Stories by Naomi Jackson

  • Vendor neutrality gives CSC the edge

    Perceived vendor neutrality has netted Computer Services Corporation (CSC) a five-year outsourcing deal at the Credit Reference Association of Australia (CRAA), worth at least $20 million.

  • Praxa gets the good oil on financial solutions

    Understanding an unusual vertical market was not Praxa's only concern when implementing a sophisticated accounting system at New Britain Palm Oil. The company's ability to service and adapt to the needs of a different culture was also important. "We have spent considerable time visiting their plantations [based on the coast of New Guinea's West New Britain Province] to get a good understanding of the critical success factors which impact the ongoing development of their systems," Tony Morris, Praxa's senior analyst programmer for the project, said.

  • Compaq confirms dreaded direct dealings - New model in place

    It's the news the channel has dreaded hearing from Compaq. And Greg Healy, the company's general manager for business and consumers, has now said it. "Customers want direct relationships and we're going to deliver that." But while Compaq has big changes planned for both its product-to-market and channel strategies, Healy claimed last week that opportunities for its partners will actually multiply post-integration. "Everything we're doing is about growing the business and if we do that, it's good for the channel," he said. "But as a vendor, to be completely reliant on the channel and assume everything will get done is no longer viable.

  • IBM gives Java a good start

    If Java fails to be accepted as a mission-critical language in Australian enterprises, IBM won't be to blame. The company has announced a new program called jStart, which is designed to stimulate interest and provide support for the language in local businesses.

  • ACCPAC broadens its scope to ERP market

    ACCPAC International has continued the trend of accounting package vendors moving toward the lucrative enterprise resource planning (ERP) market, announcing a number of new broad-reaching alliances and products. ACCPAC is also recruiting for new business partners to specialise in a number of fields and has introduced a range of initiatives designed to improve the overall calibre of its channel.

  • With a little help from a friend

    Often it is the channel that wins business for a vendor, but the relationship can also work the other way. In the case of one Australian software development house, a referral from QAD helped to kick-start its thrust into the corporate market. Naomi Jackson investigates

  • Remedy seeks help in new markets

    Help desk vendor Remedy Corporation plans to increase its presence in the local market by entering two new product sectors and ramping up its network of channel partners. To support the new initiatives, Remedy has also opened an office in Australia.

  • Computer Power gets permanent with Interim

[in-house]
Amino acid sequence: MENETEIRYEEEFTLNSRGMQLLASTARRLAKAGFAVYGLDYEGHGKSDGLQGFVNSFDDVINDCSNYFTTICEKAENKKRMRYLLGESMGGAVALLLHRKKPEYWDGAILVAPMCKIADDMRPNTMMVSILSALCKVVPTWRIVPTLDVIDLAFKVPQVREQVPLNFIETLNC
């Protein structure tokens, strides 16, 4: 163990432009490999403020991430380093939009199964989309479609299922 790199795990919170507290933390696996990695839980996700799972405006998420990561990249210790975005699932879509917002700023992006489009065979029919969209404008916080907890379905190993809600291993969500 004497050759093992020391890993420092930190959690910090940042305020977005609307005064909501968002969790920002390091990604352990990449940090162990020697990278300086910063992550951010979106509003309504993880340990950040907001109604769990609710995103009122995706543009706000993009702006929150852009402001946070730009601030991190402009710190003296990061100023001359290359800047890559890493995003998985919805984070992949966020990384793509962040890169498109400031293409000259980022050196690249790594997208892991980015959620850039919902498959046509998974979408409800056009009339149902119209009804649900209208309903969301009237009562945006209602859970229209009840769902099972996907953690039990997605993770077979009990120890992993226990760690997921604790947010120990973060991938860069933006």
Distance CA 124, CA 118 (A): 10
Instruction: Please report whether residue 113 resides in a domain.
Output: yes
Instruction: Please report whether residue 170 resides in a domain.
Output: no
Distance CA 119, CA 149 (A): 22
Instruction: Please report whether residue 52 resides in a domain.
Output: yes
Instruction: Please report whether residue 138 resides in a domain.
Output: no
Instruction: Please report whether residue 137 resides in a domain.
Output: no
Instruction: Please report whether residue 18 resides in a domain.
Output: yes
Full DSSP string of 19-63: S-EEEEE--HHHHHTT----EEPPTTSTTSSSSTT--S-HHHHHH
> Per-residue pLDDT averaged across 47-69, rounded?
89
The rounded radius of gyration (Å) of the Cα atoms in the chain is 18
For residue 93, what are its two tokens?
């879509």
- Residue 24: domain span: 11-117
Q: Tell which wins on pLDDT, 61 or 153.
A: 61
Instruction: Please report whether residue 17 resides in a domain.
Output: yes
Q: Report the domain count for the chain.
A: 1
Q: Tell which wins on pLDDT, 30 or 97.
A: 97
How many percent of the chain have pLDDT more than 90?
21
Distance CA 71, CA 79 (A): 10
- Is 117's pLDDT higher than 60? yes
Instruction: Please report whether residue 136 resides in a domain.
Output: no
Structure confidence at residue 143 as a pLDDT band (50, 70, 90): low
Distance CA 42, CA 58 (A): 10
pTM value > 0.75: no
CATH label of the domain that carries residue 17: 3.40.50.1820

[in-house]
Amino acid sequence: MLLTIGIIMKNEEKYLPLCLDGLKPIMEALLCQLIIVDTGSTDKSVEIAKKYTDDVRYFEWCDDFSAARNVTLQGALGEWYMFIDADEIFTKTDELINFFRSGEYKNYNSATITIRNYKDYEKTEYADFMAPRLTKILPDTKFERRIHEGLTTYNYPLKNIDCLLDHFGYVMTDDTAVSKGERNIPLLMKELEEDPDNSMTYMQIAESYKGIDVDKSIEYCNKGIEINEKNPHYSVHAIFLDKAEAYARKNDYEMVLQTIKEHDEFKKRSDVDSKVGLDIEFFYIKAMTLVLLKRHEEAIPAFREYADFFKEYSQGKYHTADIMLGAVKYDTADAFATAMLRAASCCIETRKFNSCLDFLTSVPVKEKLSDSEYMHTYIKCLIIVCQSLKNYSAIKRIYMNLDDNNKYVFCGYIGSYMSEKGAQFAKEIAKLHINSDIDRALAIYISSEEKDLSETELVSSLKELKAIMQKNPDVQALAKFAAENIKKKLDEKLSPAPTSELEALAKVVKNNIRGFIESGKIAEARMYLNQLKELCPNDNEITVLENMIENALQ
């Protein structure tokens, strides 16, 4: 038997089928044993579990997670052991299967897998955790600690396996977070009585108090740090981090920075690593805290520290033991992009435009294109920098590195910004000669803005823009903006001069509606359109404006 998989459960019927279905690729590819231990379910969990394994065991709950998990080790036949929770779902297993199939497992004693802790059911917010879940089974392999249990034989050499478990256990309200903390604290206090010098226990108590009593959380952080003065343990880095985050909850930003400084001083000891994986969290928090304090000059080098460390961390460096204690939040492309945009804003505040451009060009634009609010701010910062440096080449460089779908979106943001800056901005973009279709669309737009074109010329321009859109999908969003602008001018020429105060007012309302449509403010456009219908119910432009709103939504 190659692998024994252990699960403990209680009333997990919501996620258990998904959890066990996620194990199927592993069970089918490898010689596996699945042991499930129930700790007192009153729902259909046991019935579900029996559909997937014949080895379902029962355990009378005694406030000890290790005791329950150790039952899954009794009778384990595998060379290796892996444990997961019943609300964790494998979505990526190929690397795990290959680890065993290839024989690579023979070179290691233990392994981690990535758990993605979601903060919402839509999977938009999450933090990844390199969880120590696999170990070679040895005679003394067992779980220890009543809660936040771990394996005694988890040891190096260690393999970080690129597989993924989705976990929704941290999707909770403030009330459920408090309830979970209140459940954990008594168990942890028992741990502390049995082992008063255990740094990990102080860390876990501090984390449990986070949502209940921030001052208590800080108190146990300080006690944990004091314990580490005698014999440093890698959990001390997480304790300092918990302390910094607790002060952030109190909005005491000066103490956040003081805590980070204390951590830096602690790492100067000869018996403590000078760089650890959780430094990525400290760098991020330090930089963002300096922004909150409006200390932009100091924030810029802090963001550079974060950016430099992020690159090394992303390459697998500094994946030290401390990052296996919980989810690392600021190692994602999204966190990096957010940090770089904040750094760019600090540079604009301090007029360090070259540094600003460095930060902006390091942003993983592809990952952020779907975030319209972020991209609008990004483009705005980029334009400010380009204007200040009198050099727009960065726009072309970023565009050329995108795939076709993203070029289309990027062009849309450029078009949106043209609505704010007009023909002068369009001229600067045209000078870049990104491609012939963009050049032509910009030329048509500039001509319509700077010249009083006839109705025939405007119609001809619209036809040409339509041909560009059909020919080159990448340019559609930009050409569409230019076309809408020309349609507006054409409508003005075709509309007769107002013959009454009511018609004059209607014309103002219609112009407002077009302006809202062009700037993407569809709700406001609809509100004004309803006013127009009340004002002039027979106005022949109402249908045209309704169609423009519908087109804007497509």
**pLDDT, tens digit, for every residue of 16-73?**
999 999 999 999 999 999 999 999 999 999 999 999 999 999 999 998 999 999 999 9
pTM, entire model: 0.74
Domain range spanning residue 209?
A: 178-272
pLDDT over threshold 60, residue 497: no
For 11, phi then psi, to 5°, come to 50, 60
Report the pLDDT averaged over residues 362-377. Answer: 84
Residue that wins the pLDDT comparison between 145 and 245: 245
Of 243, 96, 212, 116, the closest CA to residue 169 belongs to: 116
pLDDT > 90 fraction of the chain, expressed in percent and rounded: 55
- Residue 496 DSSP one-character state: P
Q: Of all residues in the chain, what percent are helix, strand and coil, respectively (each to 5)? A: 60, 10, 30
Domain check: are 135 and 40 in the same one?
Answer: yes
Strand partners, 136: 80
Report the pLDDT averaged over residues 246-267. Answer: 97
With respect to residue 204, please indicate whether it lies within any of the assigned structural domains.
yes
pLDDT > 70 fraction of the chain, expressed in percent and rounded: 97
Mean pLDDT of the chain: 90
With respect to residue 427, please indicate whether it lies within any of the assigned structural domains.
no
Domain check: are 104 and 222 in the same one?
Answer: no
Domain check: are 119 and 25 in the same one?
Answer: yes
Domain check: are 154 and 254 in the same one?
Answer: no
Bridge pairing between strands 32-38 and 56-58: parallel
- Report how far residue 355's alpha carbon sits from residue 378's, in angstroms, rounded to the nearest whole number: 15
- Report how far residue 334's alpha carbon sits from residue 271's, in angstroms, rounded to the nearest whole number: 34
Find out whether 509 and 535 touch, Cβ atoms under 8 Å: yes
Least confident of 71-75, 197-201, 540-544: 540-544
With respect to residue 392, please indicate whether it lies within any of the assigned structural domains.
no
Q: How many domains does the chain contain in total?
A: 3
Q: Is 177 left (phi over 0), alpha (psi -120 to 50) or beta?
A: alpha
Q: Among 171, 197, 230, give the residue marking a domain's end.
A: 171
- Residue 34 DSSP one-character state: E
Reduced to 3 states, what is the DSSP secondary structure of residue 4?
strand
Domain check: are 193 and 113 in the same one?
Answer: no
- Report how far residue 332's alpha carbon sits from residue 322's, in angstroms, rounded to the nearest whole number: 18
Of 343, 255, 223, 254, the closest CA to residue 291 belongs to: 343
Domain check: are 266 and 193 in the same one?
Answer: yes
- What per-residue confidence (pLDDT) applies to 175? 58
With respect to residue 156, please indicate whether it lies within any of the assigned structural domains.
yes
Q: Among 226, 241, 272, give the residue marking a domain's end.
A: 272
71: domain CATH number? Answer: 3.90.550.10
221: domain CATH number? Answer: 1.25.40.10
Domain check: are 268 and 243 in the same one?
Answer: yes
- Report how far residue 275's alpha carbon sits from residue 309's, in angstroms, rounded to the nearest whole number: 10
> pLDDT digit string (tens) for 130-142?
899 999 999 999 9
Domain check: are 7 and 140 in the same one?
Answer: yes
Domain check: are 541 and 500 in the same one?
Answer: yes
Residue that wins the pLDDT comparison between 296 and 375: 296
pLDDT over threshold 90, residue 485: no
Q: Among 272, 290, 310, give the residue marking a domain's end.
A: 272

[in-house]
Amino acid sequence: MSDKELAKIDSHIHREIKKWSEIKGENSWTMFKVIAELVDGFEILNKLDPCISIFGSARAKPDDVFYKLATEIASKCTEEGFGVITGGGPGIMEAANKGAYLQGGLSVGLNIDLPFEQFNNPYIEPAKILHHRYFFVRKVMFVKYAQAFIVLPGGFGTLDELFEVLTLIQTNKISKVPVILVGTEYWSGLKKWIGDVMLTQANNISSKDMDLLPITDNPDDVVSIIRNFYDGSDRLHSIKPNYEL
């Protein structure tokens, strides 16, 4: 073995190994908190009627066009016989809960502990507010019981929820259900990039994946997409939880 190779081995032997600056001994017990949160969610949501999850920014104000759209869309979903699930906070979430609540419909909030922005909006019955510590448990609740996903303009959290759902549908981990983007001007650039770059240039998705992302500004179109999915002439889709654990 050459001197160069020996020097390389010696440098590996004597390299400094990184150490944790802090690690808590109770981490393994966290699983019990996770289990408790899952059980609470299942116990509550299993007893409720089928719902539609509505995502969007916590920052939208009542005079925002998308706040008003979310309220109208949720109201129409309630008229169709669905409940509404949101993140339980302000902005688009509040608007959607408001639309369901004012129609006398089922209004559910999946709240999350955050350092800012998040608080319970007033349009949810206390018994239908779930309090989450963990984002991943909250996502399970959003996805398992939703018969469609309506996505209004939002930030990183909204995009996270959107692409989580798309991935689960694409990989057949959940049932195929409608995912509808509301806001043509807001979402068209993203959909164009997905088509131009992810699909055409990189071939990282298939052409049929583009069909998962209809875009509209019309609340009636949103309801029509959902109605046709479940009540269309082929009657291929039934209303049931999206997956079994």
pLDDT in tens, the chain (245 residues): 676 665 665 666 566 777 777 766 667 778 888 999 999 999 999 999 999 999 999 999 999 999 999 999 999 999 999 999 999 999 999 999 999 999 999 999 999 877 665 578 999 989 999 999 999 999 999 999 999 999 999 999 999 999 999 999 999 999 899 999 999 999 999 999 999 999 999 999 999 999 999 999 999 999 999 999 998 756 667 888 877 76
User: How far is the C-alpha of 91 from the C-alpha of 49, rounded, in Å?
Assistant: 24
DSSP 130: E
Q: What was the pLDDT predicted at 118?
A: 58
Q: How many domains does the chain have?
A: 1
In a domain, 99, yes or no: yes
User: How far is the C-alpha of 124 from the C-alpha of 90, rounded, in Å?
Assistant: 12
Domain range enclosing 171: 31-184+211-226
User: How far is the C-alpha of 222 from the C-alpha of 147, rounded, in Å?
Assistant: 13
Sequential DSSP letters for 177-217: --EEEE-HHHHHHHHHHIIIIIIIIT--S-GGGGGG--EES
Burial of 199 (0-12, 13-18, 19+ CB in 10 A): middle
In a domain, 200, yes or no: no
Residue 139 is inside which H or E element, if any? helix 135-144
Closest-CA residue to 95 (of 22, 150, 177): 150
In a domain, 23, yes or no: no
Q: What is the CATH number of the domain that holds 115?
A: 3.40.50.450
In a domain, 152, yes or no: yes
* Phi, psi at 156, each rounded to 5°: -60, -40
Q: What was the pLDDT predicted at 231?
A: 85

Another local services organisation has succumbed to the temptations of an overseas investor. As reported in last week's issue (ARN, October 7, 1998, p6), US-based Interim Services has announced their intention to bid $205 million for the Computer Power Group (CPG), Australia's largest independent provider of IT education and resourcing services.

  • Oracle denies online apps will choke the channel

    Despite concerns that its new online applications subscription service will burn the channel it is supposedly trying to woo, Oracle officials deny partners are at risk. Instead, Nick Evered, the company's regional channel manager, claims they will benefit from Business OnLine, which is to provide the full complement of Oracle Applications modules online on a rental basis

  • Senteq deflects cash-flow crisis allegations

    Senteq's managing director has denied claims that the recent dismissal of three of the company's most senior executives reflects financial problems within the desktop services organisation. "Absolutely no," Jonathon Fisk said. "We again recorded a revenue increase on last year's figures in the quarter just gone."

  • 3Com gives credit to its partners

    3Com last week launched a new accreditation program for its partners, designed to distinguish individuals specialising in the provision of solutions based on its products. But achieving accreditation won't come cheap.

  • CA targets local service organisation

    Computer Associates' (CA) raid on the local services industry has begun. Allan Smith, CA's managing director, last week confirmed to ARN that the company has made an offer to a leading Australian services organisation.

  • Compaq migrates server range to Xeon

    More than a month after shipping its first Xeon-based products, Compaq has announced the general availability of a raft of servers running on Intel's new Slot-1 and Slot-2 processors.

  • IBM ramps up Win NT-based solution offerings

    IBM may have initially taken its time adopting Windows NT, but it now appears to be marshalling all of its resources around the platform. Recently, it announced a host of enhancements to its Intel-based Netfinity server family that are bundled exclusively with the Windows NT operating system.